Thornton’s, the chocolatier, announced improved profits this year. Profits were up 19.6% for 2007/8 as compared with 2006/7. The really big news was, though, that in the press release ‘brand’ was mentioned as a success factor. Mike Davies, Thornton’s Chief Executive was quoted, “Underpinning this growth is the strategy we have been implementing to return Thorntons to sustainable, long term profitability by investing in the brand, developing innovative products, modernising the in-store environment as well as attracting and retaining the best people.”
What is really lovely, from a brand observers point of view, is that all the elements in his strategy are aspects of how to develop a great brand. With the central premis of ‘investing in the brand’ he then surrounds that with three major deliverables of brand experience – and thereby the customer’s reason to choose Thorntons.
1. Innovative products – no brand can exist without a genuine customer experience – the brand promise must deliver at the point of impact – the quality and ingenuity of the product is defining – just as Apple has achieved, again, with its delightfully brand endorsing iPod Nano-Chromatic – a rainbow feast for the eyes before they even reach your ears. Thorntons products had begun to be less than you hoped for rather than the classic brand goal of ‘exceeding expectations.’
2. Environment – the total brand experience and all that. The benefit of having a brand that has an outlet is that you can control and enhance the shopping experience. Chocolate is a gift of a product to work with – smell, taste, colour, texture…... Thorntons has (at least) twice been the theme of Marketing’s Brand Healthcheck. In 2001 Nick Moon of Futurebrand offered the advice, “See the film Chocolat and apply the little shop philosophy.” In September 2006 Futurebrand’s Jasmine Montgomery mentioned that, “Bizarrely, the brand fails to dazzle most where it has the biggest opportunity – in its own retail outlets. Plastic bins, crowded shelves, busy packaging, cheap plastic price frames and overuse of ‘offer’ stickers on the fascia contribute to an overall diminution of the brand experience.” Her advice,”Refit all outlets and remove all ‘free’ and ‘special offer’ window stickers. The windows should be the seducers of women.”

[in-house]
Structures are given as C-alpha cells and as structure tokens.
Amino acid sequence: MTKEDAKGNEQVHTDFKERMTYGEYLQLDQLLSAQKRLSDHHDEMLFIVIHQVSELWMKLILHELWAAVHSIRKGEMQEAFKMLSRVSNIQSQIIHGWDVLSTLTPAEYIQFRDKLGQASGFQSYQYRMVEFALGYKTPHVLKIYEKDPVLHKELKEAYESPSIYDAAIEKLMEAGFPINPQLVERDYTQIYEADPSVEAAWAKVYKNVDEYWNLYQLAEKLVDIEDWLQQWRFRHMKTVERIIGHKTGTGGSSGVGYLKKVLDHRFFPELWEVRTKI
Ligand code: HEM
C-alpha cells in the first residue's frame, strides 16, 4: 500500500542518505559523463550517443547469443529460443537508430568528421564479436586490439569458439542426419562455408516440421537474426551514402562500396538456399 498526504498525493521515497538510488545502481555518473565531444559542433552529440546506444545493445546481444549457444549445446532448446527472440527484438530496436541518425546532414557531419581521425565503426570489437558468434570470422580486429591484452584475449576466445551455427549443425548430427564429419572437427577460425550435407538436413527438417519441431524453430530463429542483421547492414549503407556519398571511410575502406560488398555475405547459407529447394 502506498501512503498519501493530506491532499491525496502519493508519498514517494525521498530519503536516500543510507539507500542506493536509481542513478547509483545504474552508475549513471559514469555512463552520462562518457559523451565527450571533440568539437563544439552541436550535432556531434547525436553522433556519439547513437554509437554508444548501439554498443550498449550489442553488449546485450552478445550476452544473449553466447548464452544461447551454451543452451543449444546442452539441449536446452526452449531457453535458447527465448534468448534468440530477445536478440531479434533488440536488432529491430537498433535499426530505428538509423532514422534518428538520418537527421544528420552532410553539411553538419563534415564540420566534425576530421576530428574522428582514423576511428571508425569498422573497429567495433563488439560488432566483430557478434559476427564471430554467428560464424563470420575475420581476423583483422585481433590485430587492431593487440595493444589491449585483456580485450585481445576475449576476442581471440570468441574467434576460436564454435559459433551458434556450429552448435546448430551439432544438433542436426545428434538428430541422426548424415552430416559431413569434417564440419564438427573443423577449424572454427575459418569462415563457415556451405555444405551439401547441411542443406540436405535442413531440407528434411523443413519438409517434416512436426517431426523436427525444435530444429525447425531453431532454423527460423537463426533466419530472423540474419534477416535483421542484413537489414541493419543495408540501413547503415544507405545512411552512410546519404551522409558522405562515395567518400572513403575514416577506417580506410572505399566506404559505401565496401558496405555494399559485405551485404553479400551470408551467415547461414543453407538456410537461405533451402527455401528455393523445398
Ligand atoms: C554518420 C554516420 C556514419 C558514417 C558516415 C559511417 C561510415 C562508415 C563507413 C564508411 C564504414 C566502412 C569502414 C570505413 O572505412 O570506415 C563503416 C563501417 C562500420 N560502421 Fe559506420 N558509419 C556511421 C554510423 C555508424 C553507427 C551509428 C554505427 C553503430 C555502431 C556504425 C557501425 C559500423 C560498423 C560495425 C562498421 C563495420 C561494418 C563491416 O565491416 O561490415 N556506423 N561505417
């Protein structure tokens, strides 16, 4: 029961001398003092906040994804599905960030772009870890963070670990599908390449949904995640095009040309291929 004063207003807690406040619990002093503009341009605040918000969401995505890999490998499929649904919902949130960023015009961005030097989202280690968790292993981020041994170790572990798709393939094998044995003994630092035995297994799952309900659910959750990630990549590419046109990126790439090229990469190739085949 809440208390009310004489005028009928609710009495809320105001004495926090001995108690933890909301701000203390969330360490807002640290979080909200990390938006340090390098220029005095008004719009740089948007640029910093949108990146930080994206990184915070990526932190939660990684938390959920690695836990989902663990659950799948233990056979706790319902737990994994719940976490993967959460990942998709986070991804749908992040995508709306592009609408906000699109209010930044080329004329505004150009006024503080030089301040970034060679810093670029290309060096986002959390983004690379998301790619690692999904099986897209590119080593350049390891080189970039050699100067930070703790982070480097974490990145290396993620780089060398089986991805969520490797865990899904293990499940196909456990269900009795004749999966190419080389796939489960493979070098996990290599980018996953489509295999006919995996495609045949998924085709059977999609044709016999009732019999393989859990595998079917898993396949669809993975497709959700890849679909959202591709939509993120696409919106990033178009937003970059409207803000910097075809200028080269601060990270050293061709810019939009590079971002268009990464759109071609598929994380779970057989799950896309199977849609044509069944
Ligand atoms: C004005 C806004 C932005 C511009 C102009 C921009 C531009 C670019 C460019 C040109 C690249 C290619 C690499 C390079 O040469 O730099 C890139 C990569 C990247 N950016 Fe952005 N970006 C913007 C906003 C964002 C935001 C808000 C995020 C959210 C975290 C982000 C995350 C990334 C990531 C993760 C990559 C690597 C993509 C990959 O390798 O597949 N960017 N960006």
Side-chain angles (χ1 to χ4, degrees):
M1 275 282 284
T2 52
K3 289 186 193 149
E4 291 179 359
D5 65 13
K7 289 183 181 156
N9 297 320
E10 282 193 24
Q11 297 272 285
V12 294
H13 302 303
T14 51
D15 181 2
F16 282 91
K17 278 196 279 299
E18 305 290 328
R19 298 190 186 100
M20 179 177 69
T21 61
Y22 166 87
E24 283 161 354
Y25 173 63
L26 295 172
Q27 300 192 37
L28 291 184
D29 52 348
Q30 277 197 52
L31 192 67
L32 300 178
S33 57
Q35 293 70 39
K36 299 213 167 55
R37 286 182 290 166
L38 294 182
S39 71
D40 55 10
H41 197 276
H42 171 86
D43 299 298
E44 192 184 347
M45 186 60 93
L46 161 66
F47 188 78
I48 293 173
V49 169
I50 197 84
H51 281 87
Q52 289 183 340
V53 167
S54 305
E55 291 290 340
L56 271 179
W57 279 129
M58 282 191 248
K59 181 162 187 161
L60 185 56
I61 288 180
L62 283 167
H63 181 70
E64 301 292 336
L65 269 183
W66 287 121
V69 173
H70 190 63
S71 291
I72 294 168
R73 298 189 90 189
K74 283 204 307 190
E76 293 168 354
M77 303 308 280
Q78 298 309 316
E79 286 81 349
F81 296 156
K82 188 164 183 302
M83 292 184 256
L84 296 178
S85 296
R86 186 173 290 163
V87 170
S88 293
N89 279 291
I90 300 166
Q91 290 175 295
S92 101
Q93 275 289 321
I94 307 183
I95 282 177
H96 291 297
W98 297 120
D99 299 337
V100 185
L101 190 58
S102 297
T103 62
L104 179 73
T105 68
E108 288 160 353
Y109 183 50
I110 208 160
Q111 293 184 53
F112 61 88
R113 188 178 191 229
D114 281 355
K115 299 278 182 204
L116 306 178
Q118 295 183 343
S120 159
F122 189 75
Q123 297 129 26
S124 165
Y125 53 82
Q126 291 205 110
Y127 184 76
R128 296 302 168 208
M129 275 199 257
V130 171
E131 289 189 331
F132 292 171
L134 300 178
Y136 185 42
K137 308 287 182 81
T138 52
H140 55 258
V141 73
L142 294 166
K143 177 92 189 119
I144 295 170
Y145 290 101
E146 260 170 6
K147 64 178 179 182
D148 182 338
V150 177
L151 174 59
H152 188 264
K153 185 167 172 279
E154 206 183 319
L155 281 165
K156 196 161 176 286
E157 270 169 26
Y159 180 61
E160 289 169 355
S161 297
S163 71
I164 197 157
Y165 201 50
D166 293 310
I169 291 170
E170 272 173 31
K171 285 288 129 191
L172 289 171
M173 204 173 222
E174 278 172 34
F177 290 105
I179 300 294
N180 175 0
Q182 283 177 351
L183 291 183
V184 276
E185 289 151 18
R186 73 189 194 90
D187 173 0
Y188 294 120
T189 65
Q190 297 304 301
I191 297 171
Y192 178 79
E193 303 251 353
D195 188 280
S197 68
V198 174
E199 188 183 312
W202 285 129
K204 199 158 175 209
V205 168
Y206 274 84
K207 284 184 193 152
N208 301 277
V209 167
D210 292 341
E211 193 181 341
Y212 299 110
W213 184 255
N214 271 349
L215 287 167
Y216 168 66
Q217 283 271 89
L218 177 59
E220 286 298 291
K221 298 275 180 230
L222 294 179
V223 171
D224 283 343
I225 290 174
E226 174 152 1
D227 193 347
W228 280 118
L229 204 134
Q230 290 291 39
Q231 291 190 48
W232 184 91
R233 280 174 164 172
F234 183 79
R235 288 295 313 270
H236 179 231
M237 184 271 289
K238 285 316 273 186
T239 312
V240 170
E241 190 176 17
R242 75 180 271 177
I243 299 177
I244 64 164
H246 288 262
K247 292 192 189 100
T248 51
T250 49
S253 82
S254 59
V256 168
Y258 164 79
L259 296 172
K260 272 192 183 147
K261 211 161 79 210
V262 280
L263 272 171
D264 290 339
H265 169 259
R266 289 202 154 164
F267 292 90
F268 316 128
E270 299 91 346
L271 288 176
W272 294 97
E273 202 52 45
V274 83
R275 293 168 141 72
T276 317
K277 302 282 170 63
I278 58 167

3. Best people – this is one of our favourite brand tenets – and so often not closley enough connected to brand programmes. It is essential that brand positioning works for the people in the company and is delivered internally in such a way that it motivates and excites. We always recommend working with HR to develop recruitment and remuneration processes that build the brand and reward brand behaviour. It’s not really just about getting and keeping the best people – it’s all about the right people.
So it seems that a focused and committed approach to investing in the Thorntons brand is really paying off. Their promise of ‘The Art of the Chocolatier’ is coming to life. A comment on Qype noted, after a visit to the new shop in KIngston, “Thorntons was just re-opening, after a brief but effective revamp. I didn’t recognise them at all…This new store is the first of five to open in the UK. Known as project Ruby, it’s bright, fresh, and very inviting. The counters are white marble, with tantalising display areas, each with their own distinct appeal: children, traditionalists, ice-cream lovers and sophisticated palates are all catered for. The feel is more modern, cutting-edge and deli-delights than olde world chocolate shop.”
Hats off to Thorntons for embracing the potential of real brand development. May their success continue. (I’m still looking out for the chocolate ears…)